Background: The disruptions to daily life caused by the coronavirus disease 2019 (COVID-19) pandemic may have impacted mental health, particularly mood disorders. This study aimed to compare prevalence rates of anxiety disorder and depressive disorder in national samples in the U.S. before and during the pandemic.
Methods: Participants (n = 336,525) were from U.S. Census Bureau-administered nationally representative probability samples, one from the first half of 2019 and four during the pandemic in April and May 2020. All participants completed the Patient Health Questionnaire-2 screening for depressive disorder and the Generalized Anxiety Disorder-2 screening for anxiety disorders.
Results: Compared to U.S. adults in 2019, U.S. adults in April and May 2020 were more than three times as likely to screen positive for depressive disorders, anxiety disorders, or one or both, with more than one out of three screening positive for one or both. The prevalence of anxiety decreased slightly between the April 23-May 4, 2020 and the May 21-26, 2020 administrations, while the prevalence of depression increased slightly.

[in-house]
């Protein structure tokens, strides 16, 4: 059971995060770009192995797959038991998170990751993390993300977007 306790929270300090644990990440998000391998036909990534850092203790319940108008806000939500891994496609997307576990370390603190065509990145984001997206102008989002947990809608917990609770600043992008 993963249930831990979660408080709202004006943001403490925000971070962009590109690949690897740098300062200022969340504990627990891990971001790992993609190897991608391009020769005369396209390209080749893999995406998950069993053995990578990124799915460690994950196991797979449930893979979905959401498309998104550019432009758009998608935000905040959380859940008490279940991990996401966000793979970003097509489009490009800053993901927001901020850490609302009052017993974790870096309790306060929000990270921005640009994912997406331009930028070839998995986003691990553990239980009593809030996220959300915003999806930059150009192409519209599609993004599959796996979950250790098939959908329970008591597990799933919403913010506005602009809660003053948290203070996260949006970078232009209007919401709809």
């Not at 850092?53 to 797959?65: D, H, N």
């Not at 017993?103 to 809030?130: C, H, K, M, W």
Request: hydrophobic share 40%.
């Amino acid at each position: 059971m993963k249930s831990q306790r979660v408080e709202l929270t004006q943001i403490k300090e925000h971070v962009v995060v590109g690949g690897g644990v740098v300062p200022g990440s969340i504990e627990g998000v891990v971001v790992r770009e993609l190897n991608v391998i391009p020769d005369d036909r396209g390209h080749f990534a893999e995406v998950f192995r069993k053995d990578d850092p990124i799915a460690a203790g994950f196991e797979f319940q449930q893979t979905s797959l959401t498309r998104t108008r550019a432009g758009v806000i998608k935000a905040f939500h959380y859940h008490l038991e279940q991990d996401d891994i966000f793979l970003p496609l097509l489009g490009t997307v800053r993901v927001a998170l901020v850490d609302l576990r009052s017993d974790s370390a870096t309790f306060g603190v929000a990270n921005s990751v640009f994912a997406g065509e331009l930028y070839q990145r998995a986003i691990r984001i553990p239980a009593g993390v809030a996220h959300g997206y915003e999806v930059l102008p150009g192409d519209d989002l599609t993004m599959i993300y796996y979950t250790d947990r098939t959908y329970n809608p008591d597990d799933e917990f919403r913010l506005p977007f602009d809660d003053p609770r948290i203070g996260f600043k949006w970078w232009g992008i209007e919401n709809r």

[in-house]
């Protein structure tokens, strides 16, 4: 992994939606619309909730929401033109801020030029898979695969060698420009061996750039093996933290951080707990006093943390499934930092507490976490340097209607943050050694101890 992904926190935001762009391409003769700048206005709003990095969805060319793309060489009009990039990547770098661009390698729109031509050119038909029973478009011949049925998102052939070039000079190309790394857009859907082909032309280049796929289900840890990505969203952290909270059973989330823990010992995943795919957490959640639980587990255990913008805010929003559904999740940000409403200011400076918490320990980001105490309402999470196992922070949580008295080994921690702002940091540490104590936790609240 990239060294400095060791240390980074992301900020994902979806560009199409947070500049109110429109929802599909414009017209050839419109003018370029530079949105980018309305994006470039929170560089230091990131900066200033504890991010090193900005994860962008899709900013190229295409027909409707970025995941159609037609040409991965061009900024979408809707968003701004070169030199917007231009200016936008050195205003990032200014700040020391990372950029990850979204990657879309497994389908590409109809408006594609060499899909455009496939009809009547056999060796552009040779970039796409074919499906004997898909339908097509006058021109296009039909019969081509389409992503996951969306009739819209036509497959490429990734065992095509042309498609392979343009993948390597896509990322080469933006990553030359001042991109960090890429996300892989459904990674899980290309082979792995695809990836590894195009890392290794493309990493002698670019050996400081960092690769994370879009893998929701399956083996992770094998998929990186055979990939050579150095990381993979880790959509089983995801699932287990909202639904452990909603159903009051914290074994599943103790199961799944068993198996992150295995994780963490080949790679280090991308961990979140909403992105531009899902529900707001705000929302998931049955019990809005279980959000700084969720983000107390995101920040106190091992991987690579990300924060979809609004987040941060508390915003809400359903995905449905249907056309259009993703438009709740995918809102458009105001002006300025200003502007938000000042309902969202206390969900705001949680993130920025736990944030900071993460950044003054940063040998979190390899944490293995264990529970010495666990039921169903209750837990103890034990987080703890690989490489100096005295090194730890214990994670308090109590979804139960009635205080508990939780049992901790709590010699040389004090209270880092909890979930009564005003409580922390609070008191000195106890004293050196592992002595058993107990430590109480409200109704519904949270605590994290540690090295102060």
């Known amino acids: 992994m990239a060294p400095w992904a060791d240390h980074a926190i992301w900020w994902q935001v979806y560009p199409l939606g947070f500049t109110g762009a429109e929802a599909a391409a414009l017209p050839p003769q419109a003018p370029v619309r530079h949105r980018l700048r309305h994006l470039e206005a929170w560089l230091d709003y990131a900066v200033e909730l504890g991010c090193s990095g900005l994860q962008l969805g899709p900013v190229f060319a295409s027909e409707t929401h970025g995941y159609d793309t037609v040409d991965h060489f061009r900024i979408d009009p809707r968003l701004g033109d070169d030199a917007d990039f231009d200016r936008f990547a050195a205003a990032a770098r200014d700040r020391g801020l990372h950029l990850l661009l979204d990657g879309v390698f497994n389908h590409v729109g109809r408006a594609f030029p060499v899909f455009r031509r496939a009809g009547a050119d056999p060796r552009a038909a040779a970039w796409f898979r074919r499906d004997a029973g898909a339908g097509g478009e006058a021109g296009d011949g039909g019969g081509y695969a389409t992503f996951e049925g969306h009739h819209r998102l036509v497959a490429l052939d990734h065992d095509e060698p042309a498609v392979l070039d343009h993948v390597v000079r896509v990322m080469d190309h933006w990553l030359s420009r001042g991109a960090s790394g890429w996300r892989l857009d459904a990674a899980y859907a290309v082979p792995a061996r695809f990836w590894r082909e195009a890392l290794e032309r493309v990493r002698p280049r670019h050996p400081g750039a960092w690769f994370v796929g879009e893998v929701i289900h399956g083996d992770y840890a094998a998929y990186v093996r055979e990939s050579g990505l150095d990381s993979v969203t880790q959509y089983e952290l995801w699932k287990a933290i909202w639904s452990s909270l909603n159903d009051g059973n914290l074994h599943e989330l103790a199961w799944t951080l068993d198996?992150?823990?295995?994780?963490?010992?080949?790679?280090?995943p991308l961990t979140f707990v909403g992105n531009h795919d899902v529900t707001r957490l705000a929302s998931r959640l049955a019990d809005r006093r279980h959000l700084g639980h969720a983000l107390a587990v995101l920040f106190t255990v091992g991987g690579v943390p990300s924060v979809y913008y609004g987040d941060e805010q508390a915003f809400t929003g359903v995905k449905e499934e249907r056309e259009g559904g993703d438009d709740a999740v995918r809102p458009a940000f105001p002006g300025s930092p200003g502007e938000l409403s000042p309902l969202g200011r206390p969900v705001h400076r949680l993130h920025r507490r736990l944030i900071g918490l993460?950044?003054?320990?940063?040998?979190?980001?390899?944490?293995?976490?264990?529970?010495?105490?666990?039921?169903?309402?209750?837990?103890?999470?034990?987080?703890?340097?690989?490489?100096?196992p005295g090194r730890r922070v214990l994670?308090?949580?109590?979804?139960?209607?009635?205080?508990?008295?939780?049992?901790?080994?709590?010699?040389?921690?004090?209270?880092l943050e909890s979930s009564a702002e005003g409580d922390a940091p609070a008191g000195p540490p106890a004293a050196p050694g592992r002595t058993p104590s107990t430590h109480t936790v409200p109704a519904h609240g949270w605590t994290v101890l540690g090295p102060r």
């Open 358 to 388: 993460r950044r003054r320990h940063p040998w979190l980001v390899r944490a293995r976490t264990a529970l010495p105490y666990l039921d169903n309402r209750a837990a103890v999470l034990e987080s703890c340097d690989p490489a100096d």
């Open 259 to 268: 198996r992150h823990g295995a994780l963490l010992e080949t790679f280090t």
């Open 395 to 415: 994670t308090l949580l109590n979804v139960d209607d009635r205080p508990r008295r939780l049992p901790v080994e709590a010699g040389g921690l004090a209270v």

Conclusions: U.S. adults in 2020 are considerably more likely to screen positive for mood disorders than in 2019, with anxiety declining and depression increasing from April to May.
Keywords: COVID-19; anxiety; depression; economic hardship; mood disorders; pandemic; social isolation; unemployment.
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